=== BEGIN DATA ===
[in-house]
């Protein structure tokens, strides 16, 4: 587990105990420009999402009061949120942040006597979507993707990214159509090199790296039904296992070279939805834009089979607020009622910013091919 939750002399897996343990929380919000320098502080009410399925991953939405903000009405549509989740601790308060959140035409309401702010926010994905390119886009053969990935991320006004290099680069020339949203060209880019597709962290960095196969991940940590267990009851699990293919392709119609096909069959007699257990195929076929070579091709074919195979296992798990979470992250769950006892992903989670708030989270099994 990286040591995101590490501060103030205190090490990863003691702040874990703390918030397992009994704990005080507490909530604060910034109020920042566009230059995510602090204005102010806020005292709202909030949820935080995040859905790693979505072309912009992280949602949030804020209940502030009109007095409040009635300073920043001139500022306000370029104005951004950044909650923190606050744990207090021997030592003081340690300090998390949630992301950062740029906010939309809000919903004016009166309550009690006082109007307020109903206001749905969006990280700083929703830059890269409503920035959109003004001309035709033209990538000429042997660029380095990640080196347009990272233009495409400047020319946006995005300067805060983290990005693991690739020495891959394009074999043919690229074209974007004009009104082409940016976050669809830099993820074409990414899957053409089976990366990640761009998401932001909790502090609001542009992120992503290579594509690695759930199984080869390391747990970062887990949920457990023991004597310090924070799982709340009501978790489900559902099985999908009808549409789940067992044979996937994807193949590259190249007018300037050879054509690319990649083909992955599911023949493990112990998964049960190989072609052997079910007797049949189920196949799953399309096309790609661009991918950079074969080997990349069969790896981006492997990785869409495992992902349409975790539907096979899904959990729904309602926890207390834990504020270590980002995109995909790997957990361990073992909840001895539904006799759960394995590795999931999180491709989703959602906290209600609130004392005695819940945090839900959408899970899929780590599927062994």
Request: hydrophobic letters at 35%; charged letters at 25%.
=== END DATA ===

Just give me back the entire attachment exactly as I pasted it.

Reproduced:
[in-house]
């Protein structure tokens, strides 16, 4: 587990105990420009999402009061949120942040006597979507993707990214159509090199790296039904296992070279939805834009089979607020009622910013091919 939750002399897996343990929380919000320098502080009410399925991953939405903000009405549509989740601790308060959140035409309401702010926010994905390119886009053969990935991320006004290099680069020339949203060209880019597709962290960095196969991940940590267990009851699990293919392709119609096909069959007699257990195929076929070579091709074919195979296992798990979470992250769950006892992903989670708030989270099994 990286040591995101590490501060103030205190090490990863003691702040874990703390918030397992009994704990005080507490909530604060910034109020920042566009230059995510602090204005102010806020005292709202909030949820935080995040859905790693979505072309912009992280949602949030804020209940502030009109007095409040009635300073920043001139500022306000370029104005951004950044909650923190606050744990207090021997030592003081340690300090998390949630992301950062740029906010939309809000919903004016009166309550009690006082109007307020109903206001749905969006990280700083929703830059890269409503920035959109003004001309035709033209990538000429042997660029380095990640080196347009990272233009495409400047020319946006995005300067805060983290990005693991690739020495891959394009074999043919690229074209974007004009009104082409940016976050669809830099993820074409990414899957053409089976990366990640761009998401932001909790502090609001542009992120992503290579594509690695759930199984080869390391747990970062887990949920457990023991004597310090924070799982709340009501978790489900559902099985999908009808549409789940067992044979996937994807193949590259190249007018300037050879054509690319990649083909992955599911023949493990112990998964049960190989072609052997079910007797049949189920196949799953399309096309790609661009991918950079074969080997990349069969790896981006492997990785869409495992992902349409975790539907096979899904959990729904309602926890207390834990504020270590980002995109995909790997957990361990073992909840001895539904006799759960394995590795999931999180491709989703959602906290209600609130004392005695819940945090839900959408899970899929780590599927062994």
Request: hydrophobic letters at 35%; charged letters at 25%.